European Commission Apologises Over Misleading Novel Food Statements – As Crucial Dates For Europe’s Cannabis Future Revealed

Business Cann Europe reported 21 October ( apologies this only just turned up on our radar)

THE European Commission says it has stopped all non-synthetic Novel Food CBD applications – and apologised for previously saying it hadn’t.

On a number of occasions it has stated around two dozen applications were still proceeding, but now says ‘unfortunately (we) have mixed some information up. We are really sorry for this’.

This comes as a date – November 19 – has now been set for a crucial court ruling on the KanaVape case, which may well determine the future of the European CBD industry. 

And, a date of December 2, has been set by the United Nations Commission on Narcotic Drugs to consider World Health Organisation recommendations to ease restrictions on cannabis and CBD under international drug conventions.

‘Flowering And Fruiting Tops’

In July, it emerged the EC had stopped Novel Food applications for edible CBD products after a U-Turn which sees it look to now classify CBD as a narcotic drug.

It gave businesses two months to respond to this move and, a few weeks later, it said that this halt applied only to CBD extracted from the ‘flowering and fruiting tops of the hemp plant’.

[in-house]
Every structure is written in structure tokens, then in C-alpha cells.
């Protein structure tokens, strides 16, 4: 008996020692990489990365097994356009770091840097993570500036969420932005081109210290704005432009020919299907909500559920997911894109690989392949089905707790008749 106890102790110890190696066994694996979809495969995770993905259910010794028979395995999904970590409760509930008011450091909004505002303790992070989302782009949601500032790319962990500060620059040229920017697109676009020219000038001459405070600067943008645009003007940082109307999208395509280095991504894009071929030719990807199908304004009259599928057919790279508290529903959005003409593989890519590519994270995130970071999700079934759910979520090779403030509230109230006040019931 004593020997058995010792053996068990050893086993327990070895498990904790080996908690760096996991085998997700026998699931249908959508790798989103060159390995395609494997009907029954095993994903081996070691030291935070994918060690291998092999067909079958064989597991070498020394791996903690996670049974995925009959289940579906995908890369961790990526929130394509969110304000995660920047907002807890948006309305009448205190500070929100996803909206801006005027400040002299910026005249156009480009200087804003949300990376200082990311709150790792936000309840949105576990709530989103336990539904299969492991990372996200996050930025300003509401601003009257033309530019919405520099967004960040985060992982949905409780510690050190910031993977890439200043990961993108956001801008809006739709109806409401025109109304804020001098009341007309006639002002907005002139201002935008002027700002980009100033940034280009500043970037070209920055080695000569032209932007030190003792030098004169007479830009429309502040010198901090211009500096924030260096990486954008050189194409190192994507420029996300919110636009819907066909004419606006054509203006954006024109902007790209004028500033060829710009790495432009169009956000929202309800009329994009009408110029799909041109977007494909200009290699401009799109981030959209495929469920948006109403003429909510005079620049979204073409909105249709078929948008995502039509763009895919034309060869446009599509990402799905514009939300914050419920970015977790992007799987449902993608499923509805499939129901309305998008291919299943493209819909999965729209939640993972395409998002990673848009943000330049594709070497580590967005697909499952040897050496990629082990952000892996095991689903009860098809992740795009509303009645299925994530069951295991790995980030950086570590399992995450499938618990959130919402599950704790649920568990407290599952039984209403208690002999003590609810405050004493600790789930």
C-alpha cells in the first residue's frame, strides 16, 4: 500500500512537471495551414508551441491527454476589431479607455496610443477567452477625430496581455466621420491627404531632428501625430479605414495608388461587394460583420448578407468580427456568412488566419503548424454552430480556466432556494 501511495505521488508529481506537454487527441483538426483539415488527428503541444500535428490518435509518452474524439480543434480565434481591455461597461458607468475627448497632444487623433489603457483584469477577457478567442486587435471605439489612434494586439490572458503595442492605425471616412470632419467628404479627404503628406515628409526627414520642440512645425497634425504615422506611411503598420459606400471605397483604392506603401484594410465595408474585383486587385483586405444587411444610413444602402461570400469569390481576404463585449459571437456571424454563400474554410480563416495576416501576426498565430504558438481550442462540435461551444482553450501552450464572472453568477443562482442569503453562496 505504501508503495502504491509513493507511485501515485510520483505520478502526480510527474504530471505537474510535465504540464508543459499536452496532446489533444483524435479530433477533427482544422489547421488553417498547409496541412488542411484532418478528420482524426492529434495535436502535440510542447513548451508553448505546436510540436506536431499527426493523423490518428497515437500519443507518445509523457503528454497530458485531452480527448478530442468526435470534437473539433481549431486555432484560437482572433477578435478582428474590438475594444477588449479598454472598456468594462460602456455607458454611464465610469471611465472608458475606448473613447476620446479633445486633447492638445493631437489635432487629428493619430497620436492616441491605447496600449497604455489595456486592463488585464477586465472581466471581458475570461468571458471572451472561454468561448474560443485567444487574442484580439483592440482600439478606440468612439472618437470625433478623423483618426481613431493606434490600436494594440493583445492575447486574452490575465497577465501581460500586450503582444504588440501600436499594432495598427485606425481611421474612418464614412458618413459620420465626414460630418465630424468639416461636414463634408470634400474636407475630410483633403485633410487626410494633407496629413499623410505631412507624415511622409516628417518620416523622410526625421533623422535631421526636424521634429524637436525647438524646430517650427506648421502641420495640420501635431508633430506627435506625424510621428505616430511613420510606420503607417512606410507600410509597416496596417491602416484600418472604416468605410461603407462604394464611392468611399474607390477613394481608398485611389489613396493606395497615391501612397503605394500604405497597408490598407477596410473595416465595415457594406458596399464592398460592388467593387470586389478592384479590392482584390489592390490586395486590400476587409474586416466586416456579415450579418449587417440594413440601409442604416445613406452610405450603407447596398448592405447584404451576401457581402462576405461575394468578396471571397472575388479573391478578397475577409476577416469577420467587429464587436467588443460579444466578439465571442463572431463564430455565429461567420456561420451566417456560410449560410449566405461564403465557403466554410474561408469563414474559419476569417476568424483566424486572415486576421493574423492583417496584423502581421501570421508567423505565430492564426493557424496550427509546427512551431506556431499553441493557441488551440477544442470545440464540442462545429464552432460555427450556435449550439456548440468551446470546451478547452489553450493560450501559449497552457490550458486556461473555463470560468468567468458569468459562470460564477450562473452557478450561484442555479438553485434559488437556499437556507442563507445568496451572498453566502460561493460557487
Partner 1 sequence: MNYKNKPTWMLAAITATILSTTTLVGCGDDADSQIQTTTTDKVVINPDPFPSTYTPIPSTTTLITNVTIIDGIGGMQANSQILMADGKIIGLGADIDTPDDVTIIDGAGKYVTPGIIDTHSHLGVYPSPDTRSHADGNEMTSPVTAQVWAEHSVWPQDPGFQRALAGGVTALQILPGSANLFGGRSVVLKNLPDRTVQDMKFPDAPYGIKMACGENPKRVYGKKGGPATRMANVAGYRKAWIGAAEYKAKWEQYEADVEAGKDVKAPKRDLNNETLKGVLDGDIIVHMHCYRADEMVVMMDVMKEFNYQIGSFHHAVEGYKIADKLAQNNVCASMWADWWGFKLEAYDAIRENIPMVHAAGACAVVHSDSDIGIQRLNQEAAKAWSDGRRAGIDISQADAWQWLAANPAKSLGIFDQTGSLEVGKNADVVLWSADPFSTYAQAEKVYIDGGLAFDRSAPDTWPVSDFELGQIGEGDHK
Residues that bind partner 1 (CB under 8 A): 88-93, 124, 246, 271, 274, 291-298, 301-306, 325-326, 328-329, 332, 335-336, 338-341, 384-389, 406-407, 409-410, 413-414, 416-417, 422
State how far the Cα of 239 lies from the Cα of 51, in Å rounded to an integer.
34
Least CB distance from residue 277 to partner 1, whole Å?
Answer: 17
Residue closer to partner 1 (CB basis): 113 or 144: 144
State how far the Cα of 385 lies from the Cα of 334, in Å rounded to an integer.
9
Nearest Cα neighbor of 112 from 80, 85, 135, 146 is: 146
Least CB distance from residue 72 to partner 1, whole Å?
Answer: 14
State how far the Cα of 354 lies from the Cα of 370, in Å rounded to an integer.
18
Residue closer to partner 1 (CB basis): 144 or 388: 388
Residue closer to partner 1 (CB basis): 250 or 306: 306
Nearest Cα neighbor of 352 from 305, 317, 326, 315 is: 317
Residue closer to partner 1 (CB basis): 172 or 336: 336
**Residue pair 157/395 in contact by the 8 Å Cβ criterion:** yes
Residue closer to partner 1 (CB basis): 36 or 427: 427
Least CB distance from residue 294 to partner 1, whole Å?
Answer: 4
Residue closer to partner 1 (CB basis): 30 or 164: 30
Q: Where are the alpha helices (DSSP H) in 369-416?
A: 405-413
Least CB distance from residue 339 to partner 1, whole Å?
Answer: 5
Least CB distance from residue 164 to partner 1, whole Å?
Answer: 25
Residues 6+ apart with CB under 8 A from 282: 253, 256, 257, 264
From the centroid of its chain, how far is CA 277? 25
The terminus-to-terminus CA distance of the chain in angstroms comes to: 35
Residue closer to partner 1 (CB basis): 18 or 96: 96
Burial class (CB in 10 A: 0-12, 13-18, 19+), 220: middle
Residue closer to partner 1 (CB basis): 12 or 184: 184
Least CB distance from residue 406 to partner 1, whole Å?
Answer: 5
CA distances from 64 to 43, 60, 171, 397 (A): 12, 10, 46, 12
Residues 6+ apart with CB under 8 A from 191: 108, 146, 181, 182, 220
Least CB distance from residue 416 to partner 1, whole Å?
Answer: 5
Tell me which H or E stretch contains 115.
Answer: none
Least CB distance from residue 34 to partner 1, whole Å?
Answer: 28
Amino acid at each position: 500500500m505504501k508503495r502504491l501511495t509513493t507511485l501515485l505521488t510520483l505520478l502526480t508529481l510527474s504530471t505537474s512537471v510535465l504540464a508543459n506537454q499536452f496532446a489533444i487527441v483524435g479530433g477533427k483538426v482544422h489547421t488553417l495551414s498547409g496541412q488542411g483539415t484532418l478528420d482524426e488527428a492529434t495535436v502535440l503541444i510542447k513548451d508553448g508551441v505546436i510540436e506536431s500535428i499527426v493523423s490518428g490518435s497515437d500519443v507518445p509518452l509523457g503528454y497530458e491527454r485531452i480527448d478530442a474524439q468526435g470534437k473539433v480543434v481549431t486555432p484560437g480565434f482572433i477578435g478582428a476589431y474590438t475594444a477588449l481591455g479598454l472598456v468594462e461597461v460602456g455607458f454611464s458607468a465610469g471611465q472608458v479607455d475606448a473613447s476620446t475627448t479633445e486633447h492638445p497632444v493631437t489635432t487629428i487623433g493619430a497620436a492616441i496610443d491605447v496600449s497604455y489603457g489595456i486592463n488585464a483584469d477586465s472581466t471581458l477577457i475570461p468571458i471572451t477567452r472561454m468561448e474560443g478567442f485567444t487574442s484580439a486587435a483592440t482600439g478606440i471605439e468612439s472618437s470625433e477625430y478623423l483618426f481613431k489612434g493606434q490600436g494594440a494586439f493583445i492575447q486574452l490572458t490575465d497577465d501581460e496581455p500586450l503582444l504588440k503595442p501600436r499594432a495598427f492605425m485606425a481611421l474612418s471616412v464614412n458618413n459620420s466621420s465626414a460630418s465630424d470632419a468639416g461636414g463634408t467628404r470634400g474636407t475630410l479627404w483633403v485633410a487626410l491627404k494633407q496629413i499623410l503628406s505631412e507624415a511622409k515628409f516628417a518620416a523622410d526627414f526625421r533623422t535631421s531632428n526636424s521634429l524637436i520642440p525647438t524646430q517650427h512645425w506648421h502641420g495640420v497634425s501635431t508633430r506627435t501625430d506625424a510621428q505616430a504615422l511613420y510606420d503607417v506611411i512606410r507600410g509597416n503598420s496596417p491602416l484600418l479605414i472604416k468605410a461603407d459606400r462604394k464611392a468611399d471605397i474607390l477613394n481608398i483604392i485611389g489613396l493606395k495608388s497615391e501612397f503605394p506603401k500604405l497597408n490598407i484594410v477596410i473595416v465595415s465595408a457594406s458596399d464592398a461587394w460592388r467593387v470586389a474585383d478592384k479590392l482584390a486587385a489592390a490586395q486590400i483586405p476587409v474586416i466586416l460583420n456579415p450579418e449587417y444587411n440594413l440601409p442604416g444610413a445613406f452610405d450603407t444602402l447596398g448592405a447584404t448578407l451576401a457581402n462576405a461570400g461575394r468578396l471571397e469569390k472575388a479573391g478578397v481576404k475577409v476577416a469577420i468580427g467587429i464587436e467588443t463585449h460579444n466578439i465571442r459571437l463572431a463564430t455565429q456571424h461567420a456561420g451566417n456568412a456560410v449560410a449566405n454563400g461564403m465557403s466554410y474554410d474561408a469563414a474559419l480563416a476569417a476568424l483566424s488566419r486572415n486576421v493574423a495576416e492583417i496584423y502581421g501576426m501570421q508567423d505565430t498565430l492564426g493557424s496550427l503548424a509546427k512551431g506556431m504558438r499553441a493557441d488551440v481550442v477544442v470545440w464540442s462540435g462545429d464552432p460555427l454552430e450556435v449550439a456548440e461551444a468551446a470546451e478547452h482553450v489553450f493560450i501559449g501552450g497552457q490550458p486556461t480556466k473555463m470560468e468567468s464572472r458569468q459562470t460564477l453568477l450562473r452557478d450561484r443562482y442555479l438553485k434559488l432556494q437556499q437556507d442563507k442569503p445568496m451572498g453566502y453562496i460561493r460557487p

It went on to say that of the 50-plus Novel Food applications being pursued around half related to “CBD extracted from other parts of hemp plant” – such as the stem, stalks and leaves.

And, went on to say ‘these applications were still proceeding’.

‘Half of the 50-Plus Applications Proceeding’

This left the industry perplexed as CBD quantities from these parts of the plant are relatively low and given the cost of the Novel Food approval process – at least £250,000 – would generally be considered uneconomic.

In September, when approached by BusinessCann it again stated: “About half of the received applications on CBD as novel food relate to CBD extracted from other parts of hemp plant (not including flowering and fruiting tops).” 

However, early this month when again pressed on the industry’s widespread disbelief of the validity of these statements, it back-tracked.

‘We Mixed Up Some Information And Are Really Sorry’

A spokesperson for the Deputy Chief Spokeswoman, Dana Spinant, said: “I checked again with our services and they told me that unfortunately they have mixed some information up. We are really sorry for this.

“Please find below the correct information:

“The applications you are referring to are put on hold, since additional information, notably on the production process (including the extraction method), is being requested from the concerned applicants.

“The only applications which have been processed and transmitted to EFSA for a safety assessment are the ones related to synthetic CBD, as it is not extracted from the plant.”

This has been a further fly in the ointment for the industry which will now be relieved by this clarification.

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